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As those practising industrial deafness/noise induced hearing loss law know, a defence raised by Defendant solicitors from time to time is that of “De Minimus” – the injuries are too minor to deserve compensation.


In the recent case of Childs v Brass & Alloy Pressings (Deritend) Limited  (2015) the Court rejected a De Minimis defence raised in circumstances whereby the Claimant had suffered just over 2 decibels of hearing loss over his 1,000 Hz – 3,000 Hz hearing frequencies.


The Court had to consider the test set out in the case of Johnston v NEI International Combustion Limited [2007] UKHL 39: was the Claimant “appreciably worse off”?  This test has been applied a number of times in recent years in the courts, with varying results depending upon the specific facts of each case and the Court considered those various decisions in an effort to determine how best “appreciably worse off” should be determined in a noise induced hearing loss case.


One case the court considered was that of Briggs v RHM Frozen Foods Limited, 30th July 2015, in which in deciding this issue the Court had regard to the fact the difficulties the claimant in that case would face included the need for hearing aids sooner than she would have otherwise required – on that basis the claimant was in fact “appreciably worse off.”


In this case, similarly, the expert’s opinion was that Mr Childs would need hearing aids approximately 5 years earlier than he would have done had it not been for the work related damage to his hearing.  The Defendant’s solicitors had not put any questions to the expert, nor sought permission for their own expert evidence, so the Claimant’s expert evidence regarding the advanced need for hearing aids was effectively unchallenged.


In accepting therefore that Mr Childs would need hearing aids 5 years earlier than he otherwise would have done, the Court concluded he was in fact “appreciably worse off”.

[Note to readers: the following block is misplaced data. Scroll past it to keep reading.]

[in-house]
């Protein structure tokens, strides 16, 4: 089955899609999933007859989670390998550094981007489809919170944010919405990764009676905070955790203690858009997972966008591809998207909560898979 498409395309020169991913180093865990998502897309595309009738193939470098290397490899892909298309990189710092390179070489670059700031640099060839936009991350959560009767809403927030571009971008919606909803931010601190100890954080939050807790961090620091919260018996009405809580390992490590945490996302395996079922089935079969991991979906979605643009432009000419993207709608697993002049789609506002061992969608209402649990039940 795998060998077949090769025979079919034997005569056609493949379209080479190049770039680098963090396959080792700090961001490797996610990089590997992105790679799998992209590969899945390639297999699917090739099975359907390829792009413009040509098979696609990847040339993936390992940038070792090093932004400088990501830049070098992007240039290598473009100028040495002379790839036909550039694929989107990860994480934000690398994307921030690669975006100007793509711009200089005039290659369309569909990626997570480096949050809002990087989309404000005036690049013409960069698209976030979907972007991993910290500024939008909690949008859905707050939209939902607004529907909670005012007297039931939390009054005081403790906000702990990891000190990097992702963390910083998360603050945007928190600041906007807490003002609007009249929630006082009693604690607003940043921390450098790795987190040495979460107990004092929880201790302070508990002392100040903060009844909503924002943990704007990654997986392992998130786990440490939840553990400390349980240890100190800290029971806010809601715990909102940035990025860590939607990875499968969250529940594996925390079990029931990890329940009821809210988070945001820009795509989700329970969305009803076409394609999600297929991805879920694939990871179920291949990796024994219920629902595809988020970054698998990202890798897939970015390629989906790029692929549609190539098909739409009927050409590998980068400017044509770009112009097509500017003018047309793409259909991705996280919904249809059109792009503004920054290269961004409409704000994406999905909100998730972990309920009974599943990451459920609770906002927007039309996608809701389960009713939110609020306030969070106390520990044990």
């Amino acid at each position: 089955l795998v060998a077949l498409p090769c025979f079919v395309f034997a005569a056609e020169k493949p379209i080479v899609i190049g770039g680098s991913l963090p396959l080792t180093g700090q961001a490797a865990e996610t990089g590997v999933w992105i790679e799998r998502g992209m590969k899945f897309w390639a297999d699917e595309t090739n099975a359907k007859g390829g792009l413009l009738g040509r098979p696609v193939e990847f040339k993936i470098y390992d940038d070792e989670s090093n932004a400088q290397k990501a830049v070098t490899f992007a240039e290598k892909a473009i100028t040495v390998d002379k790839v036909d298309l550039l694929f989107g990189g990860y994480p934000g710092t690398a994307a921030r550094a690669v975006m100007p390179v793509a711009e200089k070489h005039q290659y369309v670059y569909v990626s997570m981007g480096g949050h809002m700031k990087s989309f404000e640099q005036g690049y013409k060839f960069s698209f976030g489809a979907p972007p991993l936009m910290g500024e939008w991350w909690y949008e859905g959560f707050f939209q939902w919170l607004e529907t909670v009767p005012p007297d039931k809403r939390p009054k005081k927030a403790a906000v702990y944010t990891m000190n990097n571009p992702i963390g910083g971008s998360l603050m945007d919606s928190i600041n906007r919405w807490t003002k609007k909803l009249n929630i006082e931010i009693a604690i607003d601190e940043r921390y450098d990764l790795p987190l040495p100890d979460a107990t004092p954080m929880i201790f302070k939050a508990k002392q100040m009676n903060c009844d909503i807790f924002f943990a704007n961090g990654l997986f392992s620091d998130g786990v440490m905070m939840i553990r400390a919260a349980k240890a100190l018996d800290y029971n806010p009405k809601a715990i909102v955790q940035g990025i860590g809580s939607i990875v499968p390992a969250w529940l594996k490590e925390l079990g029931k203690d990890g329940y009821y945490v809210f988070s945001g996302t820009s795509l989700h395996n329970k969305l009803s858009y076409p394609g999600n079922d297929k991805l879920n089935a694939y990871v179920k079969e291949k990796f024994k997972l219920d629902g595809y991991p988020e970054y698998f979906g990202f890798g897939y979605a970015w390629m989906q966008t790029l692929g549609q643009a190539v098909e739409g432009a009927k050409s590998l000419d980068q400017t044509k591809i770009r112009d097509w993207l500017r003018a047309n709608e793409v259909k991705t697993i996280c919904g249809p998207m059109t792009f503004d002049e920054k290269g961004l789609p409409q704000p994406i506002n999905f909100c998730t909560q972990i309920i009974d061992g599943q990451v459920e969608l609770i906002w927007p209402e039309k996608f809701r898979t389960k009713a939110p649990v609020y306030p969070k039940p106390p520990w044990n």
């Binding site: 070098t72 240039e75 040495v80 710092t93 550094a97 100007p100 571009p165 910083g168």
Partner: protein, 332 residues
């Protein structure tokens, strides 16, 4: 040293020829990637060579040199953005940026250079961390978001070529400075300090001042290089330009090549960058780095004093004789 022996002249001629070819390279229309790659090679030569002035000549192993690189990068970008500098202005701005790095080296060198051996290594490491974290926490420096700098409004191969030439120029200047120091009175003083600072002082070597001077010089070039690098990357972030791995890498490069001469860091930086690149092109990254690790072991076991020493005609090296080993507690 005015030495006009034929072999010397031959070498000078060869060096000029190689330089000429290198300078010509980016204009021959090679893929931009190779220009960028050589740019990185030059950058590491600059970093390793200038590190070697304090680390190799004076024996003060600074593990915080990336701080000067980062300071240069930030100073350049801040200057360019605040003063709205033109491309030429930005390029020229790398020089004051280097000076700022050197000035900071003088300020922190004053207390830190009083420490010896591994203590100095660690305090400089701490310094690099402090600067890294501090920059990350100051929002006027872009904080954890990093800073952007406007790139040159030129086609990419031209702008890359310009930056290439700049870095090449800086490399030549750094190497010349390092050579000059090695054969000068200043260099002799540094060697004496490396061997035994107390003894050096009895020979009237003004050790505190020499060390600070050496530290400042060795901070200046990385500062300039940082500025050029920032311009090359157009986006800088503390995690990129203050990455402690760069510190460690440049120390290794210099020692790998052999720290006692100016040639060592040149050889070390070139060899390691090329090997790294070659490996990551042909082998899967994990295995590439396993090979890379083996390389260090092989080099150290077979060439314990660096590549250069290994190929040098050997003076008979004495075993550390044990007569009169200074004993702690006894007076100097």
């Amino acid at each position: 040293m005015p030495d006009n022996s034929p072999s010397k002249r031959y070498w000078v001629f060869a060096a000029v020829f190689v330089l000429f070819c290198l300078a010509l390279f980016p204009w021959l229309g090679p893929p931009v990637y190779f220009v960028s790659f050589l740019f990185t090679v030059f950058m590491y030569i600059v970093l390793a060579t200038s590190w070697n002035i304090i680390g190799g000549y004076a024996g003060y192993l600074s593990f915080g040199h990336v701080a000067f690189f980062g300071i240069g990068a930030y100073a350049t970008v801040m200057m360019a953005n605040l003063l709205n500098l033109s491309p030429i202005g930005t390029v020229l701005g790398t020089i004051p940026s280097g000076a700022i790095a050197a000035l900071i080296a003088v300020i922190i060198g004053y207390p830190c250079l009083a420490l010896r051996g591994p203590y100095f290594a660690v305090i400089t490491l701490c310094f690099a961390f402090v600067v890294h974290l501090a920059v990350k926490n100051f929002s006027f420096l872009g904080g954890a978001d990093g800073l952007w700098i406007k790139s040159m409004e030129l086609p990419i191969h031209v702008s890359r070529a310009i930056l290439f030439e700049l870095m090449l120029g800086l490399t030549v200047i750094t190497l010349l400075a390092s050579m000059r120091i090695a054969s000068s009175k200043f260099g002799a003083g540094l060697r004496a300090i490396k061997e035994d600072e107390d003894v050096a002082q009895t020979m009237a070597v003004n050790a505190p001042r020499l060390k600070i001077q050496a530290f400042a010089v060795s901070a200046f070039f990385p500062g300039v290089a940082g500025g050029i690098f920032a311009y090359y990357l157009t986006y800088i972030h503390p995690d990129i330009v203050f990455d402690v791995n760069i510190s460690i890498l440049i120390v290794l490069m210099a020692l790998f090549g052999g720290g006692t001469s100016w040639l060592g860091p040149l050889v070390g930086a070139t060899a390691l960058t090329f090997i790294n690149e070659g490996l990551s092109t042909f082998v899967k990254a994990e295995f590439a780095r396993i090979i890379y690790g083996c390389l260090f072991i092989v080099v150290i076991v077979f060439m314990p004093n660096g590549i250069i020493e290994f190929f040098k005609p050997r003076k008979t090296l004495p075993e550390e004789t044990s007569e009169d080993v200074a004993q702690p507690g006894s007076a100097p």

The Court then went on to determine the value of the injuries at £4,000 and then went on to award £750.00 for hearing aids.


Side Point – Hearing Aids – Onus on the Claimant to properly quantify losses


The Court reduced the hearing aid claim by 50% on the basis the Claimant’s representatives had failed to clarify with the expert when the Claimant would require hearing aids.  They of course knew the need would be brought forwards by 5 years but without knowing when that would be the Court could not properly apply the discount for accelerated receipt of damages (the discount to reflect the fact receiving money earlier than when needed would allow someone to invest the money and therefore end up with a greater amount than they would have had if received later in time).  To avoid over-compensating the Claimant the Court applied what appears to be a fairly harsh reduction of 50% though it is worth noting the Court did allow private hearing aids at typical commercial cost whereas some courts have not.


Conclusion – The medical evidence is key and needs to be considered as a whole


Each case will turn upon its own facts with different people being affected in different ways; this decision after all is only another county court decision in a lengthening list of varying decisions but it does underline a logical approach by the Court in considering the medical evidence as a whole and the fact having to wear hearing aids years earlier than otherwise required should quite rightly be seen as leaving an injured person “appreciably worse off”.


By James Winterbottom, Solicitor

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